Under the basis for filing of either "use in commerce" or "intent to use," prior to registration you must demonstrate that you have used the mark in commerce. The types of commerce encompassed in this definition are interstate, territorial, and between the United States and a foreign country. The basic difference between these two filing bases is whether you have started to use the mark on all the goods/services identified in your application.
If you have already used your mark in commerce with all the goods/services in your application, you may file under the "use in commerce" basis.
If you have not yet used your mark in commerce with all the goods/services in your application, but intend to do so in the near future, you must file your trademark application under an "intent to use" basis. This means you have a bona fide intent to use the mark in commerce; that is, you have more than just an idea but are less than market ready (for example, having a business plan, creating samples products, or performing other initial business activities). An "intent to use" basis requires filing an additional form(s) and fee(s) prior to registration that is not required if you file under "use in commerce" at the outset.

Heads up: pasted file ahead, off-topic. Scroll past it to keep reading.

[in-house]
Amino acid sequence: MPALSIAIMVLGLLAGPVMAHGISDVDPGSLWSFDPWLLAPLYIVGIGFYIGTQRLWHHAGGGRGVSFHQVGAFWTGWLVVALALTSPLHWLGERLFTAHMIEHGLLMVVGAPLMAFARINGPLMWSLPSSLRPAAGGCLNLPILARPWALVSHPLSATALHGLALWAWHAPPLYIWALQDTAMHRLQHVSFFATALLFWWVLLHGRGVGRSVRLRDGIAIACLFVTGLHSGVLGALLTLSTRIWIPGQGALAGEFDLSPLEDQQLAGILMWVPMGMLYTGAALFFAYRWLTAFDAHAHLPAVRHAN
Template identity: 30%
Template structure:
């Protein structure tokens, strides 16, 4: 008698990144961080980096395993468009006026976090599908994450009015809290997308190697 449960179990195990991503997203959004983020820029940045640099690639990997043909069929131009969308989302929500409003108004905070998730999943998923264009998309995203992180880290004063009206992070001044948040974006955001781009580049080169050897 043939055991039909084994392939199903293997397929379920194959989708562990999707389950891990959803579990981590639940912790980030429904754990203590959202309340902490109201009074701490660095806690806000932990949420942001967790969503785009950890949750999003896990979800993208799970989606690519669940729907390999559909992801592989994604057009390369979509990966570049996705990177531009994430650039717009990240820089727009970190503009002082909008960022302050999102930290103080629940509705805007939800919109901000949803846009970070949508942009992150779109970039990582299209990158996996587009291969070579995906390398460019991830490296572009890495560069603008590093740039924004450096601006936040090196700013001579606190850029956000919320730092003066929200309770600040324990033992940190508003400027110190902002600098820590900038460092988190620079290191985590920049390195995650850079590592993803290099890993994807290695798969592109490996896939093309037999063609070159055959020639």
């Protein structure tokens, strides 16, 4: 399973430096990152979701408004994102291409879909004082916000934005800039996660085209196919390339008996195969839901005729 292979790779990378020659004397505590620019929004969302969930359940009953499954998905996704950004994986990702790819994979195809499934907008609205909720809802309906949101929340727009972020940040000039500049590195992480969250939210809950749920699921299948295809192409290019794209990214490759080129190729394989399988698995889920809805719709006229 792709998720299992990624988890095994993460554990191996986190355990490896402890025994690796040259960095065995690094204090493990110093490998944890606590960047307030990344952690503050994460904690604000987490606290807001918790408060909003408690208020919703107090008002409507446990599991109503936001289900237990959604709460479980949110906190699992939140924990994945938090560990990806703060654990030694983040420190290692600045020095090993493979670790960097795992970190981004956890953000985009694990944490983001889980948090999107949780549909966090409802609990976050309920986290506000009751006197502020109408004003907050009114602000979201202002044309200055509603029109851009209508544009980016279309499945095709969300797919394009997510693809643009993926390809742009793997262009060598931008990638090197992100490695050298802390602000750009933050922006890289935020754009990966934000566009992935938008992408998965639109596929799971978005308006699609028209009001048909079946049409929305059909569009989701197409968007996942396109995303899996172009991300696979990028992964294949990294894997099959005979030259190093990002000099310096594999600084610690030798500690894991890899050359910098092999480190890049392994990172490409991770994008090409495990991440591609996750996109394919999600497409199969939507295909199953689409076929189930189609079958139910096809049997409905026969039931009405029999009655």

Use of a mark in commerce is generally established by providing the date of first use of the mark anywhere and the date of first use of the mark in commerce, as well as submitting a specimen (example) showing how you actually use your mark in commerce.
For more information about choosing a filing basis, please watch the news broadcast-style video titled “Filing Basis Information” (video #7 in the Trademark Information Network (TMIN) series).
Under certain international agreements, you may file a trademark application in the U.S. based on a foreign application, foreign registration, or international registration for the same mark. See Trademark Manual of Examining Procedure Chapter 1000 and Chapter 1900 for specific requirements.